In this exercise, we’re going to use Google Sheets and Google Data Studio to visualize employee tenure and commute length.
Data Studio is a free collaborative data visualization product and toolset to create charts and reports from multiple data sources. It’s Google’s initial response to other well-established analytics platforms like Microsoft, Tableau and QlikView.
Let’s get started:
First, we opened Google Data Studio to start a new report. The access page will look something like this:
Your next step will be to start a new report.
Once inside your new report, go ahead and click “Create New Data Source” and connect your data source and then click “Add to Report”.
Once connected, you will see a blank canvas. It looks something like this:
Click the “combo chart” icon and then take your cursor and click in the empty canvas and then drag the cursor from upper left to lower right to create a large box. After you let go, you will see your data visualized.
Building reports with Google Data Studio is as simple as opening and setting up a new Word Doc inside the Google Drive environment. Your raw chart (for tenure/commute) should look something like this:
You can improve the look and feel of the chart by accessing “Combo chart Properties” (located in the image above on the right side). With a little design modification, your chart can look something like this:
Based on our data, are we able to say with 100% certainty that long commutes result in better employee tenure? No. Does our data prove beyond any doubt that people with longer commutes are less engaged than those with shorter ones? No. Does this mean that we should ever only hire people with short commutes? No. But there does seem to be some kind of correlation between length of commute and employee tenure.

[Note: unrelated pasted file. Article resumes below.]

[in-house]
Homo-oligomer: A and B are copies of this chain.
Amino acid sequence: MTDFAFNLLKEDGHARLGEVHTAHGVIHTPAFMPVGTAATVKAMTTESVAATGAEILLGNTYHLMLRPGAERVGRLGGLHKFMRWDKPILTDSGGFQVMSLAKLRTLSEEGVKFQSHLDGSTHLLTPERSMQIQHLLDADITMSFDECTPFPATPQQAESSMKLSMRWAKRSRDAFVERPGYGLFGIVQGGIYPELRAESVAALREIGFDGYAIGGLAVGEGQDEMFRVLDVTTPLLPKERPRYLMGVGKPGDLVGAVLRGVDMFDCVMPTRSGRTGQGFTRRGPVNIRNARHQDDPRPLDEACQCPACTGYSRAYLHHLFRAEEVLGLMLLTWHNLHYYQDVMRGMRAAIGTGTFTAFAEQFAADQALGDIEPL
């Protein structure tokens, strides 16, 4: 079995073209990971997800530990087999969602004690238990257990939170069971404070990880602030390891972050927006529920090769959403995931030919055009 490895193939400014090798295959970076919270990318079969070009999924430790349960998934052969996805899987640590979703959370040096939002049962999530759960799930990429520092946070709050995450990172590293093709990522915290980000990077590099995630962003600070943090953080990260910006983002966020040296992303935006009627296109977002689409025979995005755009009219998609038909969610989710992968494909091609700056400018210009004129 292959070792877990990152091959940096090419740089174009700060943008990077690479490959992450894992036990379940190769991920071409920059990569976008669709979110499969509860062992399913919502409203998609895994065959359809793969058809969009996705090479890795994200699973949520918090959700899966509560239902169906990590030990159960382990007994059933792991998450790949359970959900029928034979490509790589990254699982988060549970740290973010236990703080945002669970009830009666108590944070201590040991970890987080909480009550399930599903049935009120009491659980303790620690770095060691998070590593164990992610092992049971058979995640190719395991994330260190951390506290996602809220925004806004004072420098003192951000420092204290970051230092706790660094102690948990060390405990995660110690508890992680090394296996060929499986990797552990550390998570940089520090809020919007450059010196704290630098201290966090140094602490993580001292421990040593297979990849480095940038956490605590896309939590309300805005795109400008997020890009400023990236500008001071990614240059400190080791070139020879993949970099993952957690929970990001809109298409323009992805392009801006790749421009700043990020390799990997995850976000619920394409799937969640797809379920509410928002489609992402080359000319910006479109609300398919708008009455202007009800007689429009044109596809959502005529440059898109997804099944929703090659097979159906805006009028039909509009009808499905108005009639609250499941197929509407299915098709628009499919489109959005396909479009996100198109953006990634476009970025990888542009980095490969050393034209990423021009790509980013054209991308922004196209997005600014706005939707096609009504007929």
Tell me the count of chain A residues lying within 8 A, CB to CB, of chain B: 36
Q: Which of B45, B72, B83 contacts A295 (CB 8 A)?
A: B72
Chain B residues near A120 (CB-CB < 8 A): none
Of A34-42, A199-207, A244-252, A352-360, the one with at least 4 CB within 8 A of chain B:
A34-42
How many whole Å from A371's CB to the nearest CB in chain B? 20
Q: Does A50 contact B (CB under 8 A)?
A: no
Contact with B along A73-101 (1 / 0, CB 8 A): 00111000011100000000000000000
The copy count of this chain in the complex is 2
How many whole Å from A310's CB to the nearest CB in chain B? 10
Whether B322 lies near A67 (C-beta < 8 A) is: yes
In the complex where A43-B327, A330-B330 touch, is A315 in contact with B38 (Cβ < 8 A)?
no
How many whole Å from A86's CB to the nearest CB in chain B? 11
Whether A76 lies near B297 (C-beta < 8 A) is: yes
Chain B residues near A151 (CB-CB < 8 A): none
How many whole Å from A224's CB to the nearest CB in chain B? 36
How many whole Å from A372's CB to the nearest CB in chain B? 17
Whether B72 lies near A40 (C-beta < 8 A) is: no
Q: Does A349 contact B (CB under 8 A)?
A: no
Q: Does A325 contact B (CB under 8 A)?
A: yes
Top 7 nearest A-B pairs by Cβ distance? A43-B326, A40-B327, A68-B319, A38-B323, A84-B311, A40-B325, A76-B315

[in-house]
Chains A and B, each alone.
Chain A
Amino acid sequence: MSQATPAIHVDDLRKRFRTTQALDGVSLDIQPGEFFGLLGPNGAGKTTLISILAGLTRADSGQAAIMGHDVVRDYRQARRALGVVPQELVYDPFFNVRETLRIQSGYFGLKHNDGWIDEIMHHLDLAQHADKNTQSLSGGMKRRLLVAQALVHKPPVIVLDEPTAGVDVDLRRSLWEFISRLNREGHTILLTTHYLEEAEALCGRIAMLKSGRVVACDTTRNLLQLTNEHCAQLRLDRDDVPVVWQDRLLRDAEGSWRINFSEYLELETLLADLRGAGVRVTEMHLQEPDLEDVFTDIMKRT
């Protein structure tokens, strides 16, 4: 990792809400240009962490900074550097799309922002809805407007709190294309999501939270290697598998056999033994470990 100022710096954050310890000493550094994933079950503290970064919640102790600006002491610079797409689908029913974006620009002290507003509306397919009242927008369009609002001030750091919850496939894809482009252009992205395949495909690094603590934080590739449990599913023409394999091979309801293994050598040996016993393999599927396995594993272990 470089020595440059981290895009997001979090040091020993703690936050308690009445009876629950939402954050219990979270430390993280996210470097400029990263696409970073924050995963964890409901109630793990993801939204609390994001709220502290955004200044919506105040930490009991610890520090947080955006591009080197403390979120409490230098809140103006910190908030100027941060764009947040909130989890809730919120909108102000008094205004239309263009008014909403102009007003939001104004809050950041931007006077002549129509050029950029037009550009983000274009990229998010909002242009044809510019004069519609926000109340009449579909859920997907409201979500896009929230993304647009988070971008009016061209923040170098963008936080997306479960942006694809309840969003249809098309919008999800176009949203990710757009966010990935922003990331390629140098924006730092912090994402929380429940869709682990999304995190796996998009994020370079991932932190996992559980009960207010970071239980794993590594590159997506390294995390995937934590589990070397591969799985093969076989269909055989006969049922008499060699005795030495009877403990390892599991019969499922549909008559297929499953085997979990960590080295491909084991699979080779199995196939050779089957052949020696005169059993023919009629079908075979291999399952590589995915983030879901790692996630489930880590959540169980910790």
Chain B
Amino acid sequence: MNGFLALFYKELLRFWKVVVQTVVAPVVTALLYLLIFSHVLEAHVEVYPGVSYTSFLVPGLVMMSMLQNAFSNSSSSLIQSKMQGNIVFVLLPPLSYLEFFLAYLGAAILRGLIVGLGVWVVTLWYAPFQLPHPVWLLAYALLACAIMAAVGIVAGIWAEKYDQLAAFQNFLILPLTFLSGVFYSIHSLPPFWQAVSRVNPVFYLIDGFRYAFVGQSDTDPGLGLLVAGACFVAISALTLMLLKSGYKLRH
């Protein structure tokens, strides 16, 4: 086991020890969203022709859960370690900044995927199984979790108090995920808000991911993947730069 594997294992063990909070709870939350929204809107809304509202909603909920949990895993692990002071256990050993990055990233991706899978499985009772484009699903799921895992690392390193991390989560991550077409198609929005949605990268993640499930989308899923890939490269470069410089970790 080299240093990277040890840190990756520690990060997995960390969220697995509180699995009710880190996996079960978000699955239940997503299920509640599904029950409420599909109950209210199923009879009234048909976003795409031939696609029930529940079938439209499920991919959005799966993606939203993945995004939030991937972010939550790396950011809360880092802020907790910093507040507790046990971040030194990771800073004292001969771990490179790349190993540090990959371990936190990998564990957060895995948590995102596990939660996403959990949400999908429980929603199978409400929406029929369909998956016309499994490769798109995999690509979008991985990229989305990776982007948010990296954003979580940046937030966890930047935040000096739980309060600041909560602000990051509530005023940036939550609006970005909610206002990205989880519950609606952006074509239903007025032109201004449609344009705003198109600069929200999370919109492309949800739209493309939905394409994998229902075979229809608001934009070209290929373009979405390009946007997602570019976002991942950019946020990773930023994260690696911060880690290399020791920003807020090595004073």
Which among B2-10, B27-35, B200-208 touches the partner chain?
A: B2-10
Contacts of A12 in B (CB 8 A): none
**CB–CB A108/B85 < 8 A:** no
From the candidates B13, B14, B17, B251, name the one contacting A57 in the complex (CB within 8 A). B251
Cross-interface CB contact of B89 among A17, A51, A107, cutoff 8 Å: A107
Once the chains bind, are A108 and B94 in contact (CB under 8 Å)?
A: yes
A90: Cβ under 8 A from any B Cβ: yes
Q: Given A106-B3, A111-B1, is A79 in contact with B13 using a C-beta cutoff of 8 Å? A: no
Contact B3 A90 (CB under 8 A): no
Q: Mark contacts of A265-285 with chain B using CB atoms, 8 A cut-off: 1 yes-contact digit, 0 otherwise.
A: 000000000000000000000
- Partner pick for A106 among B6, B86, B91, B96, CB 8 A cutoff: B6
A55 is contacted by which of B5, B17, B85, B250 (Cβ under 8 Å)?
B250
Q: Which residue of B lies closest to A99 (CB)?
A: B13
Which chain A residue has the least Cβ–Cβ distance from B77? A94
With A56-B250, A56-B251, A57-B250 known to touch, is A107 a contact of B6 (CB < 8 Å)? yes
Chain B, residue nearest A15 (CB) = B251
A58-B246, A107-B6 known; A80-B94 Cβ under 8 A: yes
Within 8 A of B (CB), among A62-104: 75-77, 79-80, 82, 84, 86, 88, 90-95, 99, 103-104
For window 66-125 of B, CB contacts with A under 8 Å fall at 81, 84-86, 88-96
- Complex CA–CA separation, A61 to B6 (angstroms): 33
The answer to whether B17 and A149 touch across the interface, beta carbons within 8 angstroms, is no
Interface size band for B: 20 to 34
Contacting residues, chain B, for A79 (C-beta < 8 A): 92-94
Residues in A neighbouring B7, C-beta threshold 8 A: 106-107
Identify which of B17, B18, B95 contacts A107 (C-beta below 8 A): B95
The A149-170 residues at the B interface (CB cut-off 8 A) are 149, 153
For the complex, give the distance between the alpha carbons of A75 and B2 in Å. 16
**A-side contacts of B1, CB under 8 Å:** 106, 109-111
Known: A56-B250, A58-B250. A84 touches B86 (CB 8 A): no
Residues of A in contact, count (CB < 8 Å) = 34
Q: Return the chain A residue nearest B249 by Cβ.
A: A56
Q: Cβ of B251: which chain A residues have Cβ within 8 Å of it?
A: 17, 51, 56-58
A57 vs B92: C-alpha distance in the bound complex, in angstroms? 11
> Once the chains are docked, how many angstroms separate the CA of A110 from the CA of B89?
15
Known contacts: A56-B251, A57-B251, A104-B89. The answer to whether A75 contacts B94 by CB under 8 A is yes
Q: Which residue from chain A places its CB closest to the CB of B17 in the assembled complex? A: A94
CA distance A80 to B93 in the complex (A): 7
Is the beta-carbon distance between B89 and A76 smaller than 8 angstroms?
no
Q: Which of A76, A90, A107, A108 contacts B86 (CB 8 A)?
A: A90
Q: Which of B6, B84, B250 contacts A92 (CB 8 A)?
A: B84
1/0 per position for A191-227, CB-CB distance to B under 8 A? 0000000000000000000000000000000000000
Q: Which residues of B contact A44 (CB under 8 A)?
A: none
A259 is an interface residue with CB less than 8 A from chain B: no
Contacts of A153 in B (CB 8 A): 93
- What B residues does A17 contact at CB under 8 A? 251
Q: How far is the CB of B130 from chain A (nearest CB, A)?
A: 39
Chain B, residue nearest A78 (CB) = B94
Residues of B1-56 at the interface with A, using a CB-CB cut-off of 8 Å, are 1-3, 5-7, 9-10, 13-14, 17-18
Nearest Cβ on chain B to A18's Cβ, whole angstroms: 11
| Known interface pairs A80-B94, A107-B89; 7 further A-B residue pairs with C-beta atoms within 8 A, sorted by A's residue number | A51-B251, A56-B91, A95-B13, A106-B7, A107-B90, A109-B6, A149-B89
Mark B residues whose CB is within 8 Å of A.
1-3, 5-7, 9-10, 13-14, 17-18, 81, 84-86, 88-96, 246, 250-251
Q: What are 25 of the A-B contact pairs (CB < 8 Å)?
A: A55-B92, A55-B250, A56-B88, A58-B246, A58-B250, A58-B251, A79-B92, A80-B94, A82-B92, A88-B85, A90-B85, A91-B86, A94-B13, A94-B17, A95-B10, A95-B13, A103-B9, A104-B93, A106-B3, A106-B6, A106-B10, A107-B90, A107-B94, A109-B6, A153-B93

There are lots of research reports that show employees with shorter commutes stay committed to the company longer – and that a longer commute can even become a negative attribute for some employees. There are also numerous other articles, blog posts and data points that show those with a commute longer than 45 minutes are less satisfied with their lives and report higher anxiety than those who don’t have a long commute each day. And while we’re not able to prove that there is a direct/strong correlation between commute and employee engagement, there does seem to be at least a weak correlation between the two. It seems, at least in this situation, that the longer the commute the shorter the tenure.
Like this tutorial? You can use the same design approach to build up charts around interests such as Career Site Audience, Candidate Acquisition, Employee Behavior, New Hire Conversion, and more.
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